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-■ ■ ■ ■ ■ ■ 圖 書 介 紹
The Psychopharmacologists III
-精神科
- 編號: 03407611059
- 作者:David Healy
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The Psychopharmacologists III
by David Healy

Hardcover - 580 pages 1st edition (October 15, 2000)
Edward Arnold; ISBN: 0340761105

Editorial Reviews
From the New England Journal of Medicine, September 27, 2001
This is the third volume of a series of interviews with psychopharmacologists conducted by David Healy. Some of those interviewed are basic scientists, and some are primarily clinicians, but all have had important roles in the development of today's psychotropic medications. These oral histories give the reader a fresh and personal view of the progress made in psychopharmacology over the past few decades.
The scope of the book is broad. For example, Healy interviewed Richard Barlow and Robert Stephenson of Edinburgh, Scotland, who did much of the early biochemical work with receptors. He also interviewed Solomon Snyder of Baltimore, who discovered the opiate receptor and used radiolabeling to locate the serotonin receptor, and who is now exploring the activities of strange neurotransmitters such as D-serine and nitric oxide. Joseph Knoll, from Budapest, Hungary, talked to Healy about his work suggesting that deprenyl (selegiline) can delay the development of Parkinson's disease and increase longevity.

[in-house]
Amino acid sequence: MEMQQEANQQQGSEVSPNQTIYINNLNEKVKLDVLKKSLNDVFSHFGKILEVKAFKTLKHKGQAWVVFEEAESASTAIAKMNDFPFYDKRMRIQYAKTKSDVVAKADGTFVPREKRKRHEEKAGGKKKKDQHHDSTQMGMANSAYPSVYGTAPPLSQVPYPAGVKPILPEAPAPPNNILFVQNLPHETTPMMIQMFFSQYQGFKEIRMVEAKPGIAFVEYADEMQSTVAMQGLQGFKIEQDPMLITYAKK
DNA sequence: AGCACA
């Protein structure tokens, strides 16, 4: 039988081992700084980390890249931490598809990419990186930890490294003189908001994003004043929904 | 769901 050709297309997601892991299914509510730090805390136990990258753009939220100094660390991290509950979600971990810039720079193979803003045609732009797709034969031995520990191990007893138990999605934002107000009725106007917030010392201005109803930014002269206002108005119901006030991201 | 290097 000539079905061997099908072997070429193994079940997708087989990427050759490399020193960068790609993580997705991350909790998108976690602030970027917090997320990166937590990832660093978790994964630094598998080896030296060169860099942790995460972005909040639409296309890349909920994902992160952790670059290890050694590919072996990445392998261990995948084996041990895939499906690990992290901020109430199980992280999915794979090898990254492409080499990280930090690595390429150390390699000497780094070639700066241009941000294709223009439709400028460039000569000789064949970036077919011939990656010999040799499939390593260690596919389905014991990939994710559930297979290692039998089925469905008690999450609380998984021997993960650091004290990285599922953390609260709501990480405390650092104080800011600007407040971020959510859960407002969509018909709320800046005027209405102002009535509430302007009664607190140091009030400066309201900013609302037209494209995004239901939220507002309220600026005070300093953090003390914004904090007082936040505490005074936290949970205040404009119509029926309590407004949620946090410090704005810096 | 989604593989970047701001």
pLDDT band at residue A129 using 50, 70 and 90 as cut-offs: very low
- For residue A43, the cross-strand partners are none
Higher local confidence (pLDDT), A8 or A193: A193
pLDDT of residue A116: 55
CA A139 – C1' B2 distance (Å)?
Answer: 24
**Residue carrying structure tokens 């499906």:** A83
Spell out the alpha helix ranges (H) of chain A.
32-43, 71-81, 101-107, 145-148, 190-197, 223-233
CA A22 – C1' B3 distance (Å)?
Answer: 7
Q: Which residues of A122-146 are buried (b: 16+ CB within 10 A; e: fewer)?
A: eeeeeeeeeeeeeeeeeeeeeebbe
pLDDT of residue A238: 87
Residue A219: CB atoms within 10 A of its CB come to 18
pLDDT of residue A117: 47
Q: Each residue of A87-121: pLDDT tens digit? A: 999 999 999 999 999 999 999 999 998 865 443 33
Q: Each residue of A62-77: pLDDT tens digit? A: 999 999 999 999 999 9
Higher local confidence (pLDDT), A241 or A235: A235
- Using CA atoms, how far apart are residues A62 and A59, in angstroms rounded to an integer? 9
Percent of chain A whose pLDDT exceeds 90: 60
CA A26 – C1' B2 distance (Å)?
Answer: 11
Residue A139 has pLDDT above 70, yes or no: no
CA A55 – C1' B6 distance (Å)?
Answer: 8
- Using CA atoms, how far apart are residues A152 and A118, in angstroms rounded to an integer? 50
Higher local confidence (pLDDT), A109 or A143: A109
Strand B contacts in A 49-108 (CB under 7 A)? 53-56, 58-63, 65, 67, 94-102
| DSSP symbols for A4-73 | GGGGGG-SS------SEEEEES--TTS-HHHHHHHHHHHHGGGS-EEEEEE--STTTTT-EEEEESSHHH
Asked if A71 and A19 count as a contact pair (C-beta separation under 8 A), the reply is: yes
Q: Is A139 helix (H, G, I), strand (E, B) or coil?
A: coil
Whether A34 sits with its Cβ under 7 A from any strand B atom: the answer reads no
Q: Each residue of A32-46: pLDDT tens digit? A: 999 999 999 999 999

Several of the interviewees discussed the role of the third edition of the American Psychiatric Association's Diagnostic and Statistical Manual of Mental Disorders (DSM-III). Some saw its formation as being influenced by the need for diagnoses for which insurance companies could provide reimbursement and that could be reliable for researchers. Robert Spitzer, the person most responsible for DSM-III, said that the main interests of his committee were not those at all but, rather, the desire to include all ``reasonable'' diagnostic concepts that could be ``operationalized.'' This debate will be important to those interested in psychiatric nosology.

There are many anecdotes in the book. Some involve scientists trying medications on themselves. For example, Zdenek Votava, a pharmacologist in Prague, Czech Republic, often volunteered to take drugs synthesized by Miroslav Protiva. Votava was sensitive to hypotensive effects, so his colleagues would know that Protiva had synthesized a new drug whenever they found him prostrate in the corridor. Ian Oswald of Edinburgh participated in an experiment in 1971 to determine the effects of heroin withdrawal on the electroencephalogram and on urinary morphine metabolites. He disliked the effects of the heroin. Oswald told Healy, with some bitterness, that 20 years later, he was portrayed as a heroin user by the pharmaceutical company Upjohn when he was testifying about what he saw as the ill effects of one of its products, triazolam. In a variation on the theme of self-experimentation, two clinicians administered new medication to their own young children. In the case of methylphenidate (Ritalin), the purpose was to see the effects in healthy controls; in the case of imipramine, it was to find out whether the drug was effective in treating separation anxiety. Interestingly, these two clinicians were the only women interviewed in this volume.